This reminds me of an infinite-distance teleportation exploit that we found in Minecraft since, for a few updates, Mojang were only checking for NaN values on the X and Y axes, checking the X axis twice.
You could teleport from [orig_x, orig_y, orig_z] to [orig_x, orig_y, NaN] and then to [desired_x, desired_y, desired_z] and since the Euclidean distance between any two consecutive position vectors would be NaN, dist >= kick_threshold always turned out to be false.
dist >= kick_threshold
Which versions were those? Minecraft’s been rather uniquely plagued by this issue, tho I suppose it’s gotten better in more recent versions.
Due to the difficulty of trusting a JVM without value types to have reasonable performance when allocating vectors at a Mississippian rate, vectors were nearly always passed around decomposed. Doing crap like world.getBlock(x + dx, y + dy, z + dz) gets tiresome very quickly, and expressive power is not a noted property of Java. You might make wrapper types, but then find that you run into an issue akin to function coloring, or C++ viral constness. You’re still going to have to compose or decompose the vectors at some point, and there’s still the performance concerns. A script called xyz, which turns x + max, into x + max, y + max, z + max, allowed me skip past the traditional copy-paste bugs.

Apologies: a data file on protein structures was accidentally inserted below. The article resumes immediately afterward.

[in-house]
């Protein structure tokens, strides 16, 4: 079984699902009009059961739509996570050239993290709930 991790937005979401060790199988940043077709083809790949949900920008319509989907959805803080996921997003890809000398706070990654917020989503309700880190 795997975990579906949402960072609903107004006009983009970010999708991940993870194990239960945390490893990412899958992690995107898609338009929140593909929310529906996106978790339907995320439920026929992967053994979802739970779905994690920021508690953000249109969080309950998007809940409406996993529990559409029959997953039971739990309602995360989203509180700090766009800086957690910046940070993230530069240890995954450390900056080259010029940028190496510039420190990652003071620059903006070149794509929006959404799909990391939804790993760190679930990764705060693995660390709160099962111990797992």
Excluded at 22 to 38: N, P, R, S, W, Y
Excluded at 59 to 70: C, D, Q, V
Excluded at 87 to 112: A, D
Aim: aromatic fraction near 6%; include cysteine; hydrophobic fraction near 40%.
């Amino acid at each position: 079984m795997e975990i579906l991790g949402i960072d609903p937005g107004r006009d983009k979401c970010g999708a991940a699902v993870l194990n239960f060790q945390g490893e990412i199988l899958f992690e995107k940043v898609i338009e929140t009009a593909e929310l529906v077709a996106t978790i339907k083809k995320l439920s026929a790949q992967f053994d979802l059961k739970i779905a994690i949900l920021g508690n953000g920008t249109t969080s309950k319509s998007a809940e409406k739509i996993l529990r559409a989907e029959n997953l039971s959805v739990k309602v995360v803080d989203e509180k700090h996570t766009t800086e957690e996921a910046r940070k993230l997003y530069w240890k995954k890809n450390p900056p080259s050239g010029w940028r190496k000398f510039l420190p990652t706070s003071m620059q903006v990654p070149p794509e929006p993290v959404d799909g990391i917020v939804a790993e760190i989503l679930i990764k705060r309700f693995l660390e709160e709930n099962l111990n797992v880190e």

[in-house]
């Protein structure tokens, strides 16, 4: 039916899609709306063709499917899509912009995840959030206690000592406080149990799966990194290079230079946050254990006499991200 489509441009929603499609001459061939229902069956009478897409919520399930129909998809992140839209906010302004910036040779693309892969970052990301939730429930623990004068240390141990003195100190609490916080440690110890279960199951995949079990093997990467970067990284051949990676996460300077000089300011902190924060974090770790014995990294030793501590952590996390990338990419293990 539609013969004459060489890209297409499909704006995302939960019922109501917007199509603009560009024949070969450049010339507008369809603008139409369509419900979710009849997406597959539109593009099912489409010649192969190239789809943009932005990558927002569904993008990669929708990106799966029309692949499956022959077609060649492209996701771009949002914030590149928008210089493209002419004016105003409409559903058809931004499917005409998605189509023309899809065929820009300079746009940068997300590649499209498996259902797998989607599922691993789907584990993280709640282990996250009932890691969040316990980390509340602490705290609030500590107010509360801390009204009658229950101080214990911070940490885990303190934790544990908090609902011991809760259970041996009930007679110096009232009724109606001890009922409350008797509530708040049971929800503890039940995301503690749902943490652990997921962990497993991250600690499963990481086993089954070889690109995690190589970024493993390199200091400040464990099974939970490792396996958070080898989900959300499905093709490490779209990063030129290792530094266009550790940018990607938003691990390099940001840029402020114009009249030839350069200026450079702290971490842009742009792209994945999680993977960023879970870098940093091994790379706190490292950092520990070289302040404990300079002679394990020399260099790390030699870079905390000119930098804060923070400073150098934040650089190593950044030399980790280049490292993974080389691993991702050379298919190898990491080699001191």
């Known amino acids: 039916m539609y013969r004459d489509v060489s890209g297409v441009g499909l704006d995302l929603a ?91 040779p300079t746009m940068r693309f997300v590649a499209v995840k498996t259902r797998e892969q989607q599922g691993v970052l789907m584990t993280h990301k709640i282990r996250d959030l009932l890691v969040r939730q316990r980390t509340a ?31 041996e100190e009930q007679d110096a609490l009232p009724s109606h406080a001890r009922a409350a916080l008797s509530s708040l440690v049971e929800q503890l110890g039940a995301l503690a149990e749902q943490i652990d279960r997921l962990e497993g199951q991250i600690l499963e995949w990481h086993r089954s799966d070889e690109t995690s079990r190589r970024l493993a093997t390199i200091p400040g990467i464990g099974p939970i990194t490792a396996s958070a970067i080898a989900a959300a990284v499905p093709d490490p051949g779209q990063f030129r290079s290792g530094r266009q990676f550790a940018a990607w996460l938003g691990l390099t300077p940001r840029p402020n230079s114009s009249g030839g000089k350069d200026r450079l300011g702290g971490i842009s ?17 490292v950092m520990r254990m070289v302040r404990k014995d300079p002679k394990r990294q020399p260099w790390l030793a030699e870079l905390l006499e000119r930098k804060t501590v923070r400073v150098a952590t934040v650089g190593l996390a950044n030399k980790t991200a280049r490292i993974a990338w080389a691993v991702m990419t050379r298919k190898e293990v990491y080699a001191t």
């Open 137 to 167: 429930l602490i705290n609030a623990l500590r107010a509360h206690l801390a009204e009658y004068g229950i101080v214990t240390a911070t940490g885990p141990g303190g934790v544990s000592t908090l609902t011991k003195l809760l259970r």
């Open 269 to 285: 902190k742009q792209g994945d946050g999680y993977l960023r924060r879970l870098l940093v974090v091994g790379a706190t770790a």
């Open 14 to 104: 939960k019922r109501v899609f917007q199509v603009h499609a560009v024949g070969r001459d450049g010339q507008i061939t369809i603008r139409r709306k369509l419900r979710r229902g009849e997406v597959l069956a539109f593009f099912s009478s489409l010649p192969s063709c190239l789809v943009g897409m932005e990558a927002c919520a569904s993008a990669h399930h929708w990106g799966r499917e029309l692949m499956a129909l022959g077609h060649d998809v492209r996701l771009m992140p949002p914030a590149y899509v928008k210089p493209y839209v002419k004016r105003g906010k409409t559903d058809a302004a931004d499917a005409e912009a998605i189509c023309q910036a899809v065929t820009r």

world.getBlock(x + dx, y + dy, z + dz)
x + max,
x + max, y + max, z + max
“I accepted the number of homogeneous blocks to be 5 on the average.”
Fascinating examples, although that assumption seems arbitrary.